Councils: Tackling soaring rise in metal thefts

Published on Monday, 18 June 2012 11:56
Written by Scott Buckler

Metal thieves are costing council taxpayers millions of pounds a year, a new survey of local authorities has revealed

 Councils are warning that, with theft of metal continuing to rise, the financial burden is only likely to increase until government passes new legislation to better regulate the scrap metal industry.

A Local Government Association (LGA) survey has revealed the cost to local authorities of metal thefts soared by an estimated 26 per cent in a single year.

One council was left out of pocket by £100,000 in 2010/11.

The LGA's survey of 157 councils found that metal thefts across England and Wales left a £4.6 million hole in town hall budgets in 2010/11. This is equivalent to the amount spent keeping opening 20 libraries or employing 260 care workers to look after the elderly. In 2009/10 the total cost to councils was an estimated £3.6 million.

Local authorities believe that the key to combating the rising tide of metal thefts lies in bringing up to date the 48-year-old legislation which regulates scrap yards and the scrap metal industry.

Cllr Mehboob Khan, Chair of the LGA's Safer and Stronger Communities Board, said:

"This mindless crime is spiralling out of control and has cost councils millions of pounds per year replacing memorial plaques, manhole covers, metal gullies, children's playground equipment, street signs and lead from schools, council offices and crematoriums.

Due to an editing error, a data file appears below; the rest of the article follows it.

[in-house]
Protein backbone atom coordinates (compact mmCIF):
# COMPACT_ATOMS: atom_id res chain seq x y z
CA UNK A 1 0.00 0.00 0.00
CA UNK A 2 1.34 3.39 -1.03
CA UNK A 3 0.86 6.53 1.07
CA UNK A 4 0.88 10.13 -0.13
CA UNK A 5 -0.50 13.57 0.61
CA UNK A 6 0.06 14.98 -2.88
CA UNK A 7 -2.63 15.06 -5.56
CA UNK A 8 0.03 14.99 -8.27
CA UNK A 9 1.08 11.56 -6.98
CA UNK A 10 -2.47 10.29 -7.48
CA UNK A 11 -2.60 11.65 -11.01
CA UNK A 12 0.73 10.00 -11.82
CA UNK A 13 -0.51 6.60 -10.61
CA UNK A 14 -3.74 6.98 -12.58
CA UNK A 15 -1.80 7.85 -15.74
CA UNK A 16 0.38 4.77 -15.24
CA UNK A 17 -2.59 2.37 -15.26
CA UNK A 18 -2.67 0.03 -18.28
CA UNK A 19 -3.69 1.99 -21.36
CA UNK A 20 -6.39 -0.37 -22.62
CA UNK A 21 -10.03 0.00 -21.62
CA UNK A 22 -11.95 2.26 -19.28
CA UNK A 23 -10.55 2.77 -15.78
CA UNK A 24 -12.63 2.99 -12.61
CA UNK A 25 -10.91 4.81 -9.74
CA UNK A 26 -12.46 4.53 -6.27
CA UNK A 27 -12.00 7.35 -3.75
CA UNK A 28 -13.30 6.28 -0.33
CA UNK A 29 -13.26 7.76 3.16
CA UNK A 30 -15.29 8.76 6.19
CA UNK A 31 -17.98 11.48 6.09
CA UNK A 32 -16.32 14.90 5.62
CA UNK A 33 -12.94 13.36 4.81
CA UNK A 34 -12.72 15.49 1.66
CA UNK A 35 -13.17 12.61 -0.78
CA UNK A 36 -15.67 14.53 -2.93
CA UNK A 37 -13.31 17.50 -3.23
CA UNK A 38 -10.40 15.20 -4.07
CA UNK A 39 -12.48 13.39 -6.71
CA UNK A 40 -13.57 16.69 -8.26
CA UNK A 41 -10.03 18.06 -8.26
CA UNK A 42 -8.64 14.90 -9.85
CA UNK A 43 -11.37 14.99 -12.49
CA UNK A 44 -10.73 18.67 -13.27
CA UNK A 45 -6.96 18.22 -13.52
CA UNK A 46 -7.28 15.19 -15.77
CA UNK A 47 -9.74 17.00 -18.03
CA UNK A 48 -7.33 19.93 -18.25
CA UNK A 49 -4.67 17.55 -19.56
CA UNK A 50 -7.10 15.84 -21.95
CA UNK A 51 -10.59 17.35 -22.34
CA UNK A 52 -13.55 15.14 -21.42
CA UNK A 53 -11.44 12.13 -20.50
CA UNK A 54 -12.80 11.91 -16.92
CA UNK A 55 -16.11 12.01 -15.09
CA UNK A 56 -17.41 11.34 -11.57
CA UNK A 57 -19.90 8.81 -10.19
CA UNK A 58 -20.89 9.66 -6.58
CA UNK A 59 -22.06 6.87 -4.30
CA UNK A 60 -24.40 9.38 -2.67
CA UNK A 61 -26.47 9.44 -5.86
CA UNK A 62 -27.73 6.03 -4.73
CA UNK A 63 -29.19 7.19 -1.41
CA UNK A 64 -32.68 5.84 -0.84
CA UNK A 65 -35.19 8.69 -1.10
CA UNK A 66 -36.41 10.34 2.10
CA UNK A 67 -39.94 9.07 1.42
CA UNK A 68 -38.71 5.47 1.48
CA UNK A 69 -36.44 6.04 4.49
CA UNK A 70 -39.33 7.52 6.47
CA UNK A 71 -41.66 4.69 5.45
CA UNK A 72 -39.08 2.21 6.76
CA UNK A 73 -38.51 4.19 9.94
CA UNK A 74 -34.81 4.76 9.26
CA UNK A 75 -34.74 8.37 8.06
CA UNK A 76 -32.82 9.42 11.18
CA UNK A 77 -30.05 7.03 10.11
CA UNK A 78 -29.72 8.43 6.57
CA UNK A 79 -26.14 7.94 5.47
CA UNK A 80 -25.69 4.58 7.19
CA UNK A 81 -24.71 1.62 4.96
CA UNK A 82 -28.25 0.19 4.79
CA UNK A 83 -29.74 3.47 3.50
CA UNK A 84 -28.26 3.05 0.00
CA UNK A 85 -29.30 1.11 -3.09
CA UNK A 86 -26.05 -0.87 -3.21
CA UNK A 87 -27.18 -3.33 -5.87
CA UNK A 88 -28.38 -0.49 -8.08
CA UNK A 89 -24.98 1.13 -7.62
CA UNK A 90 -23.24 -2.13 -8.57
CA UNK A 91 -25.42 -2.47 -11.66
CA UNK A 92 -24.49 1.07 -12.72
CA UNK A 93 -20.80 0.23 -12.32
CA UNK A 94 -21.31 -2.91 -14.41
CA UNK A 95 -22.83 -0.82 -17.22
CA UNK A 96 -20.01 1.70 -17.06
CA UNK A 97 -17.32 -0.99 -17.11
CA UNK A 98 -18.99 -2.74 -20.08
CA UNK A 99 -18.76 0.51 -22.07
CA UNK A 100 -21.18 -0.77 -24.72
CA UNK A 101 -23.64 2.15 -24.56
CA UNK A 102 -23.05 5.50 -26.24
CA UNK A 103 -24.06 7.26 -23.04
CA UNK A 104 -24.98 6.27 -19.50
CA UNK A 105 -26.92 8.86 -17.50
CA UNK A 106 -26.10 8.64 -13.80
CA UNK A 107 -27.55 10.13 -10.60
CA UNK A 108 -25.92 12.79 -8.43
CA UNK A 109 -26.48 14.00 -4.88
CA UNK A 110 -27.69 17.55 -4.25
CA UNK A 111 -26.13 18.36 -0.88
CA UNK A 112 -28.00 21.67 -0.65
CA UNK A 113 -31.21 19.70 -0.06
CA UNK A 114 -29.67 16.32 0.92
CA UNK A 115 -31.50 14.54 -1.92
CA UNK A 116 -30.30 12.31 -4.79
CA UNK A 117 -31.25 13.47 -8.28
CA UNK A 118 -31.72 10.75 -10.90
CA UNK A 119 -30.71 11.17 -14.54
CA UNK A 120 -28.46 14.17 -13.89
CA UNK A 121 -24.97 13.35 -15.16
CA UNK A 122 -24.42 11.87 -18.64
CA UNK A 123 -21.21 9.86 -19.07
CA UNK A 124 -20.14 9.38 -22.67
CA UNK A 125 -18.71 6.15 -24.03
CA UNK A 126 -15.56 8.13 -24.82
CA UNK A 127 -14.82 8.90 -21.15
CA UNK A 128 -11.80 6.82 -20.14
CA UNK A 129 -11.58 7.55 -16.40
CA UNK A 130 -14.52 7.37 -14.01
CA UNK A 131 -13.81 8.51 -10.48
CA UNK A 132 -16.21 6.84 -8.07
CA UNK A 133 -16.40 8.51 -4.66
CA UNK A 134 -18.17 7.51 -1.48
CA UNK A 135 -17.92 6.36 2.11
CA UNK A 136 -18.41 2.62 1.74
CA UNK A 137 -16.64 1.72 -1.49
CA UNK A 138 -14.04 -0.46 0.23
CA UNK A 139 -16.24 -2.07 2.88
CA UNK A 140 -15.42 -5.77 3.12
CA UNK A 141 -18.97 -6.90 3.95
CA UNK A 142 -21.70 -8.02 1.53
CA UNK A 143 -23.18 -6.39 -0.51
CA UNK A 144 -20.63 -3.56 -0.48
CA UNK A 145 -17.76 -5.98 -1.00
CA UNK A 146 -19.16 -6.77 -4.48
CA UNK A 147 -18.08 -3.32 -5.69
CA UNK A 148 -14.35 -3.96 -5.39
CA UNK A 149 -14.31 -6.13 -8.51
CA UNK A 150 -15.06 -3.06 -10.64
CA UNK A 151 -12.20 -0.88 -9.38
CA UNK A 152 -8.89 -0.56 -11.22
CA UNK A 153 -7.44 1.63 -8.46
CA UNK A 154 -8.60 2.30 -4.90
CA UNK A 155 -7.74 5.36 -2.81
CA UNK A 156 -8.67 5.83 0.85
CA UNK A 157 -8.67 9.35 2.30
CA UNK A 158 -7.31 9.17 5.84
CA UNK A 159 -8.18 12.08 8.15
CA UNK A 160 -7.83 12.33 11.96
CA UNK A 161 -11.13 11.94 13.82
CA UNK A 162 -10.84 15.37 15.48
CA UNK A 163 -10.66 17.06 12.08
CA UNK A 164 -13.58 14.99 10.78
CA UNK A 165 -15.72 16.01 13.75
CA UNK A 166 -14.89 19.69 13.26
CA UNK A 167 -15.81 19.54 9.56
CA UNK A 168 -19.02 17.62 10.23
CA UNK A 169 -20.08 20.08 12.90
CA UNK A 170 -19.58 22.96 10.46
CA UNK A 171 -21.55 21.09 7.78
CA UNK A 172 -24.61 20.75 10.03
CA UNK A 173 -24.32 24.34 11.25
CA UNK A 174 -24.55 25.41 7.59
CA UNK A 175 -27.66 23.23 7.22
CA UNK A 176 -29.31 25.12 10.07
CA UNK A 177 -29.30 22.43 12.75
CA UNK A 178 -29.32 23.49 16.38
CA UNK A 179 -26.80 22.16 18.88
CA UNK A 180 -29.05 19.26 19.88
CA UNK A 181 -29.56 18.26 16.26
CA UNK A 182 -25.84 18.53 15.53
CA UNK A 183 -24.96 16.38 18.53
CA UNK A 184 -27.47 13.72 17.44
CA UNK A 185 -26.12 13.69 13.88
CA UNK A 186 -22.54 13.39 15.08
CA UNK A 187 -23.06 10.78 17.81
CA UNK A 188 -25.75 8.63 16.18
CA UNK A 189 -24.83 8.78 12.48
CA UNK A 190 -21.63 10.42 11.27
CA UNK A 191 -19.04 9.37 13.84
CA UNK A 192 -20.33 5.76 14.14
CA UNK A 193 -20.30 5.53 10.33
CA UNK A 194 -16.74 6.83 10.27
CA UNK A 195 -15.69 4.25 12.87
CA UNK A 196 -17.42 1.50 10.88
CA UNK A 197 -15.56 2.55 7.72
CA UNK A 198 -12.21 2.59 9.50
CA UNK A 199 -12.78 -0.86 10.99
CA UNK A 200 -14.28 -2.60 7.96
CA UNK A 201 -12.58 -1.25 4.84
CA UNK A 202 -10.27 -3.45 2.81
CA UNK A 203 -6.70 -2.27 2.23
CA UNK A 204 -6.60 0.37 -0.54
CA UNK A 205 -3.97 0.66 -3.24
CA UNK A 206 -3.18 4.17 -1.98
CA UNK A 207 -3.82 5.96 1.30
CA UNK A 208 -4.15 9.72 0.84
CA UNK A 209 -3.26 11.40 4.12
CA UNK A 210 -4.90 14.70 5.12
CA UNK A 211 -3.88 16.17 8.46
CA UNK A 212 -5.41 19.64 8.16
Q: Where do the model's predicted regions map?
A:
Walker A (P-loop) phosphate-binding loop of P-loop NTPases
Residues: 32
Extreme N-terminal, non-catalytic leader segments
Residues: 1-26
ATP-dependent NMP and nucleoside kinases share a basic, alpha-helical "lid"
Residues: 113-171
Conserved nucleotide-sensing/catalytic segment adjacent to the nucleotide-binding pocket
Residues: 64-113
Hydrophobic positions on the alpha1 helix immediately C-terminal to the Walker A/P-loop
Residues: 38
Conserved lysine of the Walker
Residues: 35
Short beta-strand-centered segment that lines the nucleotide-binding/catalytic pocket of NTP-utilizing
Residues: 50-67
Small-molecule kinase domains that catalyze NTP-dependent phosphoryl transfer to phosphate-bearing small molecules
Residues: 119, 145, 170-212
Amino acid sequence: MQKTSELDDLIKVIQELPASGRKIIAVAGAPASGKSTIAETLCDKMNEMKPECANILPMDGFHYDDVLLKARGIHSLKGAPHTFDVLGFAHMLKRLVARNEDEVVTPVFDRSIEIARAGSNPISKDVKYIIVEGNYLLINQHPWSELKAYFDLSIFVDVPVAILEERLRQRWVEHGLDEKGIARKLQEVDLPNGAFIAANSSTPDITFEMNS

"Government missed an opportunity by not including a change in legislation in the recent Queen's Speech. Local authorities are firmly behind Richard Ottaway's decision to take a private member's bill through Parliament to introduce a tougher licensing regime for scrap metal dealers. It is vital that local authorities get stronger powers to make it more difficult for thieves to dispose of stolen metal.

"Councils want to see an annually-renewable licence for scrap metal dealers, which could be reviewed at the instigation of the police or licensing authority and, if necessary, revoked.

"This would make it much less likely that stolen metal will find its ways into scrapyards.

"The LGA's lobbying victory in March will ensure that rogue scrap metal dealers can be fined up to £5,000 from October 2012, and that all transactions in scrapyards from then on will be cashless. The Government took a step in the right direction in doing this but it needs to go much further."

The LGA, which represents more than 370 councils in England and Wales, is calling for an overhaul of the Scrap Metal Dealers Act 1964 which currently requires councils to register dealers without the ability to refuse the application.

Local authorities should be able to impose stricter controls on the way dealers operate, including the installation of CCTV with automatic number plate recognition technology, together with requirements on dealers to keep detailed logs of the identity of people they buy metal from

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